Are we in trouble? I’m not sure just yet. On paper things look promising. In personnel, and in practice, they are in progress. Now is the time for the players to pull together and prove that the strength of this team is their most valuable asset. The former minor league players need to make the most of their promotions, too. These players must make good because my journalistic integrity is on the line. Oh, helping the Sox earn an American League East title would be nice, too.
Pitching poses a greater concern than ever. What do we have left? A few of the starting five, especially Ryan Dempster, are only successful when the offense is hot. Felix Doubront runs hot and cold. Saturday he seemed solid, but the bats didn’t back him up. If it’s not one thing, it’s another. John Farrell is very crafty, so I am sure he will come up with a winning pitching strategy.
Courtesy of nesn.com
OK, here are the facts: fans can trust that we have good overall pitching in the Red Sox five-man rotation. The top three guys are Jon Lester, Clay Buchholz, and John Lackey when he runs hot, which he did on Saturday. I do worry when Felix Doubront and Ryan Dempster pitch. Of the two of them I probably bite my nails more often when Dempster is on the mound. That damn commercial, that runs during games aired on NESN, of him talking about inspiring kids who come to watch ballgames at Fenway just adds insult to injury.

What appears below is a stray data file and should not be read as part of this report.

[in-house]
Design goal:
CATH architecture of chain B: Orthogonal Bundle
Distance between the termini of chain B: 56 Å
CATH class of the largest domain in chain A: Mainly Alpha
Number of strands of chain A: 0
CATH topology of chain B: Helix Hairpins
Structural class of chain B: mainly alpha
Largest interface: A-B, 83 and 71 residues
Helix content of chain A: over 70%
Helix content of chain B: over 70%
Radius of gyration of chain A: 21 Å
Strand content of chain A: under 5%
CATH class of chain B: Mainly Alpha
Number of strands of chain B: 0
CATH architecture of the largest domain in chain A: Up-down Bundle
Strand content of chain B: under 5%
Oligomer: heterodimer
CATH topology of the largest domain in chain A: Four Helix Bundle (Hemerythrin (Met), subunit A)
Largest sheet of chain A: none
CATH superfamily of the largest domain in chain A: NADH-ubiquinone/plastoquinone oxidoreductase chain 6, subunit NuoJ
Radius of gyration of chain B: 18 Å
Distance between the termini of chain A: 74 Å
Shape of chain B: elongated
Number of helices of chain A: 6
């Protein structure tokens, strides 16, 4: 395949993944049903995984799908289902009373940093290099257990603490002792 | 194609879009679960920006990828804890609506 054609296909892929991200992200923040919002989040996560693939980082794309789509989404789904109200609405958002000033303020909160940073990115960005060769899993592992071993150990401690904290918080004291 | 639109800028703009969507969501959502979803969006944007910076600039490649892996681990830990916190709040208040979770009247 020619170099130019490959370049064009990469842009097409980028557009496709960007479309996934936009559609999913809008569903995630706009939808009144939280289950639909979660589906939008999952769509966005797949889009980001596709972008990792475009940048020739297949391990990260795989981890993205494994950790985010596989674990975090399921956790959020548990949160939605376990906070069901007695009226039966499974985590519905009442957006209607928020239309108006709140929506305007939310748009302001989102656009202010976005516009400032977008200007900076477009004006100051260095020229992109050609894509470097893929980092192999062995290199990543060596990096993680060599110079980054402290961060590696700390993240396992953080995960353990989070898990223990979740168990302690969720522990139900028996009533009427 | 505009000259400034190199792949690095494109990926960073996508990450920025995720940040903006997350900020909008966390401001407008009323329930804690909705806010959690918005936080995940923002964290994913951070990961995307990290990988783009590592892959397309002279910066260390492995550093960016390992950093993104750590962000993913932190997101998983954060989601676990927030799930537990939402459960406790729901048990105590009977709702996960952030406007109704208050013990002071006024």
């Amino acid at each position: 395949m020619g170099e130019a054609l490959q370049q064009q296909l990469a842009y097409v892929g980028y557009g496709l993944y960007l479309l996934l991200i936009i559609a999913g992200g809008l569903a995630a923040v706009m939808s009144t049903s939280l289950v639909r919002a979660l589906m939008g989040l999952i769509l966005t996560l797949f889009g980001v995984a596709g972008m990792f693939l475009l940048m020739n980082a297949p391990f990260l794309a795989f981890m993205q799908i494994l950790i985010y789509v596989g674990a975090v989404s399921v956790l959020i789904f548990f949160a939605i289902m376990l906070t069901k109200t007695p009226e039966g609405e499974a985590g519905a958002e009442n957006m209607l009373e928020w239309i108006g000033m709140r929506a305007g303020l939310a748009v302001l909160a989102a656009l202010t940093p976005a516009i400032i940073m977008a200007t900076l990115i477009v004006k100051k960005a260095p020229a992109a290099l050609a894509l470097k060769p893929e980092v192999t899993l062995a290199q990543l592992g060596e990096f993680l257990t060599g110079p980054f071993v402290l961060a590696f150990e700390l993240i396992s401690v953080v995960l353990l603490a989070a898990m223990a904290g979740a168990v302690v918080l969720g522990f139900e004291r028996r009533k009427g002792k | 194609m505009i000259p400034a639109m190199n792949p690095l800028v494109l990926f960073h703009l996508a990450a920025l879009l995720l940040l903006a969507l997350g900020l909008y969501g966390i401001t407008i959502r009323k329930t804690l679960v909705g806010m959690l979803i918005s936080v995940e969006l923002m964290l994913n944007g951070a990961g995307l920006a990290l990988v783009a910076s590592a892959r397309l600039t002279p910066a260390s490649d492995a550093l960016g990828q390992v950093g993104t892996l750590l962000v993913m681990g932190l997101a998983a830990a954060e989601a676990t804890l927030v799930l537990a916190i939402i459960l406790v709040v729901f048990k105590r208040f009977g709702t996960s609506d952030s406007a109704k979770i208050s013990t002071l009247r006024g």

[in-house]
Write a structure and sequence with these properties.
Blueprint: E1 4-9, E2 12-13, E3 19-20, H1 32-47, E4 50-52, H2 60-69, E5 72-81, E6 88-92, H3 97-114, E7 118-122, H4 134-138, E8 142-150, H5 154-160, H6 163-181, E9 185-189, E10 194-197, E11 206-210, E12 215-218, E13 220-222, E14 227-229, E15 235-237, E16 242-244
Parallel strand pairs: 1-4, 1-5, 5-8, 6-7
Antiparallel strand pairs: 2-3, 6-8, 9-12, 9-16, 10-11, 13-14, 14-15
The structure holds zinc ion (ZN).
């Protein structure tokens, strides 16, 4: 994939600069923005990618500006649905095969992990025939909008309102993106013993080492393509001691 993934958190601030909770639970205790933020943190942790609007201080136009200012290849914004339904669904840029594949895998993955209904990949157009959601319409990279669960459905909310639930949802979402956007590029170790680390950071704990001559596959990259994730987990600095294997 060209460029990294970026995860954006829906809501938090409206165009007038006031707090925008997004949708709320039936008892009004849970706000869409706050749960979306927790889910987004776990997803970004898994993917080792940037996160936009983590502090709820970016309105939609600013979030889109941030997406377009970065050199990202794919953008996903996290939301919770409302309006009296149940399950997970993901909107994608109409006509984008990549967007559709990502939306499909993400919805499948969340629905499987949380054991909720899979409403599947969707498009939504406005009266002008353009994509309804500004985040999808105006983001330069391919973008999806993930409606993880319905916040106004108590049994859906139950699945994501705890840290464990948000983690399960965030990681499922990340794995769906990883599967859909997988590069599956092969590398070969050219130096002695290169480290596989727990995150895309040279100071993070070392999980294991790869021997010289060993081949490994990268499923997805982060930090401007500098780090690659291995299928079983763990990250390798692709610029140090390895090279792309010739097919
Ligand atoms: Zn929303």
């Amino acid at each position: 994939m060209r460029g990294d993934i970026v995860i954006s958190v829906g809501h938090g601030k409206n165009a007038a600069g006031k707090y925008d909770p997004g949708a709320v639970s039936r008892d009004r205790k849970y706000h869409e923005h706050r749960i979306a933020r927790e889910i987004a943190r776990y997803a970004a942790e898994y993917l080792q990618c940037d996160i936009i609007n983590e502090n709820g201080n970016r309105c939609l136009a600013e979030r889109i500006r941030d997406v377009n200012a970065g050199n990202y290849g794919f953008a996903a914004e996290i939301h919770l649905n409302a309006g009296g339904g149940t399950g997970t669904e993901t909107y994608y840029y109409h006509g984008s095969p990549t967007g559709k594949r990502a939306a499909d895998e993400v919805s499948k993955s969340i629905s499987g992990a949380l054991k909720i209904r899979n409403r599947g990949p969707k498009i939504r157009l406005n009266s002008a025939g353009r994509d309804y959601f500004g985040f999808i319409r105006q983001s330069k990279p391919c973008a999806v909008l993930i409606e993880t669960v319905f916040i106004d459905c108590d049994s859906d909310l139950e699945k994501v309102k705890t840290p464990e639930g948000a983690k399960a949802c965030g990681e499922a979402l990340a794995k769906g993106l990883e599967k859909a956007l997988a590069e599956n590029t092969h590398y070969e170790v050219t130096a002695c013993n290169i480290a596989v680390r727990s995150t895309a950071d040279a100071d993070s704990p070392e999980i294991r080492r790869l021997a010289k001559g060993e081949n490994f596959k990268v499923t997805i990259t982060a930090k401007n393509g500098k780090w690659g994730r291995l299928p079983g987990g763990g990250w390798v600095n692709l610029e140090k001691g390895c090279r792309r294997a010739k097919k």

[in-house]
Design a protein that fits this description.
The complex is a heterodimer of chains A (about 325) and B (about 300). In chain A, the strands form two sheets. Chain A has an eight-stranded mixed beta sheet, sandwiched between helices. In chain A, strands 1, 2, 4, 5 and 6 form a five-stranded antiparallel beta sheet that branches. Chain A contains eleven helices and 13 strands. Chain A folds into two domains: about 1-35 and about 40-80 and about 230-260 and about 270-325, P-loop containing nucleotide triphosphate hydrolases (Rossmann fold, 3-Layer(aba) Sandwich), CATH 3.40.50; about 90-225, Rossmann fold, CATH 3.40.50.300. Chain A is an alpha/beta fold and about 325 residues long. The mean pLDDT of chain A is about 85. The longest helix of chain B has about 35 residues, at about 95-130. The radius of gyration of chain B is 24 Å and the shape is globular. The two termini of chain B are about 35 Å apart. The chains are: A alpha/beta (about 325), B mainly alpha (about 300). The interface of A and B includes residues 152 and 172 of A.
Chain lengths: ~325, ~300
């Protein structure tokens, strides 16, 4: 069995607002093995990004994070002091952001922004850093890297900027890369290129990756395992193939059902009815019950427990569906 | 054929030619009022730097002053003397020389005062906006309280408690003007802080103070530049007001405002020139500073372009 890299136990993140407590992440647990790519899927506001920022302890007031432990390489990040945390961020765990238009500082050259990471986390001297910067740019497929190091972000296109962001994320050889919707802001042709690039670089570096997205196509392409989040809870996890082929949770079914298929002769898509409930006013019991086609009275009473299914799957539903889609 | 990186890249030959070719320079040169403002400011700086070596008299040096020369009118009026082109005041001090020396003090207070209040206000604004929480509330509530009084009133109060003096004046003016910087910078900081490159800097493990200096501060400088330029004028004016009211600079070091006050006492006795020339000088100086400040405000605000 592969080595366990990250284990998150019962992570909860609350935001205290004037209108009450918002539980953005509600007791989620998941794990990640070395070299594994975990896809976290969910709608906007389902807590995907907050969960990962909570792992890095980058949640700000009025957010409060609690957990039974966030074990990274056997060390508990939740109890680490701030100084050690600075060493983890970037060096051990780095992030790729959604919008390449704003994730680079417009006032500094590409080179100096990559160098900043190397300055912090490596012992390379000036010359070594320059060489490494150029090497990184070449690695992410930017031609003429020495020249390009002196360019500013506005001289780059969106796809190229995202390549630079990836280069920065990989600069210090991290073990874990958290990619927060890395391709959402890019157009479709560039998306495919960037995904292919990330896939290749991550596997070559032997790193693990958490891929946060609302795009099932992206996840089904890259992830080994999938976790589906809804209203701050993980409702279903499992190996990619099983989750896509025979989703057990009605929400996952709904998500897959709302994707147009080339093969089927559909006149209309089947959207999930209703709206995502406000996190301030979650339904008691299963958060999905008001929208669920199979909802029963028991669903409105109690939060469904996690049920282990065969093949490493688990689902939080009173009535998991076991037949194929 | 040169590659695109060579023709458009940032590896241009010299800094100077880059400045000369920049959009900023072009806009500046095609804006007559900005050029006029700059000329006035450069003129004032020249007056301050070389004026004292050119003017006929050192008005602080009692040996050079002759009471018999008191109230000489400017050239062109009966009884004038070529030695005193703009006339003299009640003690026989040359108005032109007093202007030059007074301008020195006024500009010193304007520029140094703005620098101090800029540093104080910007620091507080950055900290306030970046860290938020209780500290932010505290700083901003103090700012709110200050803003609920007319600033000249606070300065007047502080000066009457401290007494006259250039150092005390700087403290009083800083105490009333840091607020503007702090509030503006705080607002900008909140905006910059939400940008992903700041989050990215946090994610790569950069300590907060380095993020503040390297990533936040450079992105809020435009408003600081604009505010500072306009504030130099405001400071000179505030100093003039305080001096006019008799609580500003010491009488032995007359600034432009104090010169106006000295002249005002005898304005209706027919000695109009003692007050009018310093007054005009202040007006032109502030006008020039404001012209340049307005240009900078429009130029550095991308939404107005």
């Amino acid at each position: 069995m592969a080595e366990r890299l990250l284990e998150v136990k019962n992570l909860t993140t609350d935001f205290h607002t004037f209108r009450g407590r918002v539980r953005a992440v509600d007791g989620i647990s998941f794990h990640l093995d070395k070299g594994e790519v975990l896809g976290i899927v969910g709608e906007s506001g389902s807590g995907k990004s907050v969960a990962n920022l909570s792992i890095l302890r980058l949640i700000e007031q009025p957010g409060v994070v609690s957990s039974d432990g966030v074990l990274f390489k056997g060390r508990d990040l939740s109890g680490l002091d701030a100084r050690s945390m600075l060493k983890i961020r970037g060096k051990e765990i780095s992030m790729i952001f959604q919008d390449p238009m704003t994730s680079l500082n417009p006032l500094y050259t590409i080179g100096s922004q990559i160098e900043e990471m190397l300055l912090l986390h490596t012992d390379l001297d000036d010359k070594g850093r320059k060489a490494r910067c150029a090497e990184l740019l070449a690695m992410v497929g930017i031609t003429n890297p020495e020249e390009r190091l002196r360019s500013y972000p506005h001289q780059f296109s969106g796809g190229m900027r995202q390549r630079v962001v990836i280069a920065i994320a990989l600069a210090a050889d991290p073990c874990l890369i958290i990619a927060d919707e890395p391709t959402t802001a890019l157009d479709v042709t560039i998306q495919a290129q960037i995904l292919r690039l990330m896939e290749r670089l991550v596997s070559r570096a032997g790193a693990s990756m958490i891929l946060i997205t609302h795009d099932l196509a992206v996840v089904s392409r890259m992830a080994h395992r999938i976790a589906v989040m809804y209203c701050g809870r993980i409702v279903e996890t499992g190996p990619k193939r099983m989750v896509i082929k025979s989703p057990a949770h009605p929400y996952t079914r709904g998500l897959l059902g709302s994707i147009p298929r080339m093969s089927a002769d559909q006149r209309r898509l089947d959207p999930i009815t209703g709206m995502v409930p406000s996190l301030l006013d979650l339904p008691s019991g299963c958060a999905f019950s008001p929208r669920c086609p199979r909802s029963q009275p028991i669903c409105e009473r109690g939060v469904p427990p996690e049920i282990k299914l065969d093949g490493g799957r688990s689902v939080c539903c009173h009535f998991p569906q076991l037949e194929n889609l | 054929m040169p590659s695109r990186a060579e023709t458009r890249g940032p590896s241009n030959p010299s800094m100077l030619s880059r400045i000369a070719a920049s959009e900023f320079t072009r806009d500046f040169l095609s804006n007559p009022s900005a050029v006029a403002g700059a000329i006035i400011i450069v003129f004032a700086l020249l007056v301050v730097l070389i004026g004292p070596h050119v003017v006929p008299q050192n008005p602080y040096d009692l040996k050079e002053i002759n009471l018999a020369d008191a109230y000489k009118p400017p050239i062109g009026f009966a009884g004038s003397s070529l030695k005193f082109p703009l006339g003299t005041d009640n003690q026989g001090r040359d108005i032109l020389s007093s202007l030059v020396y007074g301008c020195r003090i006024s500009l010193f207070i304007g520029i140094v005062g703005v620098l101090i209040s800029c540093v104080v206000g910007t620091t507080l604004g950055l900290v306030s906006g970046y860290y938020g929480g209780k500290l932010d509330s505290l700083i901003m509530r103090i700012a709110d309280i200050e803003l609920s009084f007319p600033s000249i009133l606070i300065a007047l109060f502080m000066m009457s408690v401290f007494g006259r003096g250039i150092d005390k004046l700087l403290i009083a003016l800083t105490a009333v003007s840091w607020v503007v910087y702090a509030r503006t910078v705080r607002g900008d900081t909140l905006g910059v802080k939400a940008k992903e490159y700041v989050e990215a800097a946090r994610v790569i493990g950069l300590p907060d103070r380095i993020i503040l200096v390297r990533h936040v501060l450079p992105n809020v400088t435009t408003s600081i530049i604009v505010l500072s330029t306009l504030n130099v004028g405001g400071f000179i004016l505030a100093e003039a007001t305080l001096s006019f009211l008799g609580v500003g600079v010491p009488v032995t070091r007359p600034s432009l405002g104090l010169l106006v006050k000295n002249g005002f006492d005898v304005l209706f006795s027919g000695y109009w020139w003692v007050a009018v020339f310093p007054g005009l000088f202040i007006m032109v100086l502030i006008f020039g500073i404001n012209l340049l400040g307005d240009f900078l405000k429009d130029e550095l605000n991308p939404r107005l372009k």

Dempster must improve prior to the middle innings. I doubt that will happen.The team can send him down, or we need a set-up man for those middle innings. Koji Uehara works well in that capacity right now. Koji should be in for more than one inning. I think we could get two out of him in the middle of games. Why haven’t we tried that? Let’s go even deeper. You dig? Why doesn’t Koji pitch his one inning at the end of the game? Meanwhile, another guy fills the setup position, like maybe Alfredo Aceves. Farrell has to try something with Koji and Aceves, or we will continue to lose that one game every rotation.
The definition of insanity is doing the same thing over and over, expecting different results. Well, different results are not happening. What we need are “Hope and Change.” President Obama may not have been able to deliver on them (yet), but I believe John Farrell can.